Twitter disclosed it uploads and saves iPhone address books with its mobile app, raising questions about how much personal information apps collect without user knowledge.
When iOS users use the “Find Friends” feature in Twitter’s mobile app, the social media site gathers contact information from the phone and stores it for 18 months, the L.A. Times reported.
There’s no evidence Twitter sells the contact lists it collects or uses them in any way, but the recent revelations speak to deeper privacy concerns about mobile app use and underscore a need for clear privacy policies among app developers and tech companies.
App use is on the rise, and research shows people spend more time engaging with mobile apps than surfing the Web. For the most part, users may never suspect their favorite apps might silently collect data from their devices.
Twitter’s admission sheds new light on potential privacy issues about app activity and raises questions about how many popular apps collect data from devices, and how they store, share or use that information.
The news also echoes this week’s controversy around the Path iOS app, which was found to upload and store users’ contact lists. Congress is interrogating Apple over its app security policies, and the inquiry could expand to include other platforms and mobile apps as well.
Lawmakers have already demonstrated a growing concern over mobile data and privacy. Last year, Sen. Al Franken (D., Minn.) wrote to Apple and Google asking them to clarify app privacy policies, calling for “clear and understandable” language and requiring developers to divulge how apps treat users’ personal information.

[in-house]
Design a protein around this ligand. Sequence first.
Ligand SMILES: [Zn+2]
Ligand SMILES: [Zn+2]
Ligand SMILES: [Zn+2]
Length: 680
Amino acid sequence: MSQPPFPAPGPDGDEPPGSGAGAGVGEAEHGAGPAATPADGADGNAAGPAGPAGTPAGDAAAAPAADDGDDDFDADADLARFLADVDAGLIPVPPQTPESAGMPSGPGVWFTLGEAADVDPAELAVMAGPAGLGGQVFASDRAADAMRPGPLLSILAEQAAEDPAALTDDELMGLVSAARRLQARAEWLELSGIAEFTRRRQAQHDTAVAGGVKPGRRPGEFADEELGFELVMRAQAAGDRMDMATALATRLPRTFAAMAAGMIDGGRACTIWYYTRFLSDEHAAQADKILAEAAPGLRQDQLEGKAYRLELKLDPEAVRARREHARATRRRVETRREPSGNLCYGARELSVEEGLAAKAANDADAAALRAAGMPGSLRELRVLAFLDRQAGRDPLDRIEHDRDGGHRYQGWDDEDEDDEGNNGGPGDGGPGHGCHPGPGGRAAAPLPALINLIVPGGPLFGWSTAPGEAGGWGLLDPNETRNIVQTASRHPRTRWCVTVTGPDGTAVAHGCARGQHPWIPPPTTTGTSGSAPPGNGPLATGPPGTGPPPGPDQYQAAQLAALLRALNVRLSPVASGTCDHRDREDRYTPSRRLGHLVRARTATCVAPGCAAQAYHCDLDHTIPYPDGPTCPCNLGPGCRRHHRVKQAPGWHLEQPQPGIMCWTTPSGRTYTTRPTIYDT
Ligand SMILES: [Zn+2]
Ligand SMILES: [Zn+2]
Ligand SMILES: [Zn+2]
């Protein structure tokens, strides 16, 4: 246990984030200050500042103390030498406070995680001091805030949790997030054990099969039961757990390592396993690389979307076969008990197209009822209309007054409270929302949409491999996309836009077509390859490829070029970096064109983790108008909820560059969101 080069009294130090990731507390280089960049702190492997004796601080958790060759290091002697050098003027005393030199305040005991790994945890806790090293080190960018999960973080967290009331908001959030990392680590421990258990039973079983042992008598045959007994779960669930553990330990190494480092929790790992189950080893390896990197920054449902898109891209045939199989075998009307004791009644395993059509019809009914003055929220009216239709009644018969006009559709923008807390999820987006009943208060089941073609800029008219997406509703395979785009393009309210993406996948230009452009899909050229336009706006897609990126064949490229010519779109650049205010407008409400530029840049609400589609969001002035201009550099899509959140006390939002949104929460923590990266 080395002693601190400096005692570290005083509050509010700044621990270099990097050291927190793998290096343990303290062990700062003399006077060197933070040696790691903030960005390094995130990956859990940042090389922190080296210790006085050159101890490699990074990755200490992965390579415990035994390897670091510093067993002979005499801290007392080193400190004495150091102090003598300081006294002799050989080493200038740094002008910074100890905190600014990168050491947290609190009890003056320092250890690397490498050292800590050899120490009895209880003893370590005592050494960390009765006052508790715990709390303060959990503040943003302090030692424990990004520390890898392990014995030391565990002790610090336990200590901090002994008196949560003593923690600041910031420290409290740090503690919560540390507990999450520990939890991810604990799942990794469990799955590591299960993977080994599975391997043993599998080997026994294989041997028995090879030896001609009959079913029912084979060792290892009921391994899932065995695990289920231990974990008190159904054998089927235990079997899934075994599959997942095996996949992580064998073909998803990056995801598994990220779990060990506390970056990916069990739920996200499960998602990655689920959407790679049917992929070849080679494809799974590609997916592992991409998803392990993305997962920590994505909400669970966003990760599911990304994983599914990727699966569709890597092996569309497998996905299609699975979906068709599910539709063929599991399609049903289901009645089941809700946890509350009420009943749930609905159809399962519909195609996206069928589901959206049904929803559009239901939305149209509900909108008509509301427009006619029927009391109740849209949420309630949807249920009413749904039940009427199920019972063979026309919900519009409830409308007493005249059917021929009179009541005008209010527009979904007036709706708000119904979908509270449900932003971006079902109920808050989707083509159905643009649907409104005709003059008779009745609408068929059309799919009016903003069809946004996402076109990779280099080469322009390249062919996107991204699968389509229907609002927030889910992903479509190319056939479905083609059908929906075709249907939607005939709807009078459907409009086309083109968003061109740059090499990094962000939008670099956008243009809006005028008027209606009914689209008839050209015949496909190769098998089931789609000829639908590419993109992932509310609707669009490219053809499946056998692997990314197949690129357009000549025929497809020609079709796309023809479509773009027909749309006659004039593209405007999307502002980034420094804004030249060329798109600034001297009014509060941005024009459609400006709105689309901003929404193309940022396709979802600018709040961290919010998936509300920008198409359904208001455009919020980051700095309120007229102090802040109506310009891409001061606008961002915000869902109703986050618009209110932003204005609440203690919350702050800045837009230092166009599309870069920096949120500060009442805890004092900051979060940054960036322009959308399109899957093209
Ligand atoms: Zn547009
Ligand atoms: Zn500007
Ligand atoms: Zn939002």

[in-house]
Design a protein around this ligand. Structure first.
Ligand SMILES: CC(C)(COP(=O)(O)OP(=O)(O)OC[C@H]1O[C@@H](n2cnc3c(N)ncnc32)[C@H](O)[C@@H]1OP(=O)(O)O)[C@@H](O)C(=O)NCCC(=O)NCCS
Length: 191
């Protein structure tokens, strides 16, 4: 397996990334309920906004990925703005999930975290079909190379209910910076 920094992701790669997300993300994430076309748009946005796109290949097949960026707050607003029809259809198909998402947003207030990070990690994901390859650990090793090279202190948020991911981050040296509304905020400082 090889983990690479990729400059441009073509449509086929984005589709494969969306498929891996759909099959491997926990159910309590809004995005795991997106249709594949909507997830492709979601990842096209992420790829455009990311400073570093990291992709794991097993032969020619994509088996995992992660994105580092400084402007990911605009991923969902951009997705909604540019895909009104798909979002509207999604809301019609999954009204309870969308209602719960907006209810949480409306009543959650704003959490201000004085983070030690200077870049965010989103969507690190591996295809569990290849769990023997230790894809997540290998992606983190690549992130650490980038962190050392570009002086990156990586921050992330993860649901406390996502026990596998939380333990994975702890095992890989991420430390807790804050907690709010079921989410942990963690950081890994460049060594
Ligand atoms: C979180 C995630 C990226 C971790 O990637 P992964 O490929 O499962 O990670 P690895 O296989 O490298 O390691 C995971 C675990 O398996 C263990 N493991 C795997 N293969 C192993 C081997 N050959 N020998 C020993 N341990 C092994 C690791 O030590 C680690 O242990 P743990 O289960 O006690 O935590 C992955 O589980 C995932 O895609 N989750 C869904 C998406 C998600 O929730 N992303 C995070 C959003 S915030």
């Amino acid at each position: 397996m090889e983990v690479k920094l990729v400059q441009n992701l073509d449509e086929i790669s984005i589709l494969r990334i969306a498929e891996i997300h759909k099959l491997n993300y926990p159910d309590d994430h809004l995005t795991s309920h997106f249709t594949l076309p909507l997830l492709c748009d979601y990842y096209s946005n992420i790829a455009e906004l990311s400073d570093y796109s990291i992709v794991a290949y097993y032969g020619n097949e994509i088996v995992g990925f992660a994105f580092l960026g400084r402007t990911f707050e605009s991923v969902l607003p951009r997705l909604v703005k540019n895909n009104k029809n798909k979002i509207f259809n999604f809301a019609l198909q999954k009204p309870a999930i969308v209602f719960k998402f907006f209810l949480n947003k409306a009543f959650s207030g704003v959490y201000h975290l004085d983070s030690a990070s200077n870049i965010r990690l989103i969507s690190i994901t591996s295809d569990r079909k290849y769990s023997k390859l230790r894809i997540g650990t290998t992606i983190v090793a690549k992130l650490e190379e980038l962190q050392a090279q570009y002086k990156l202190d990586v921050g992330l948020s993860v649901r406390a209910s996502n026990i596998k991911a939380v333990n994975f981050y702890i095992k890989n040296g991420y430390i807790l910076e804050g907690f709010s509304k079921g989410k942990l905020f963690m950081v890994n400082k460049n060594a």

Since then, companies such as Google and Facebook overhauled their privacy policies and reached settlements with the Federal Trade Commission agreeing to periodic reviews of their overall privacy practices.
Apps, however, could slip through cracks in privacy policies. Some apps might also violate Apple’s rules, which say developers must disclose what activities their apps perform, including data collection.
Twitter says it will adjust the app’s language and will allow people to delete their address book from its servers if they so choose. Updates will retool the “Find Friends” feature to clarify what information it collects and stores. For example, new language will replace “scan your contacts” with “upload your contacts” for iOS and “import your contacts” for Android.
Promised fixes by Twitter and Apple will remedy the immediate issues about contact lists, but larger concerns about how apps treat personal data remain and will likely come under increasing lawmaker scrutiny.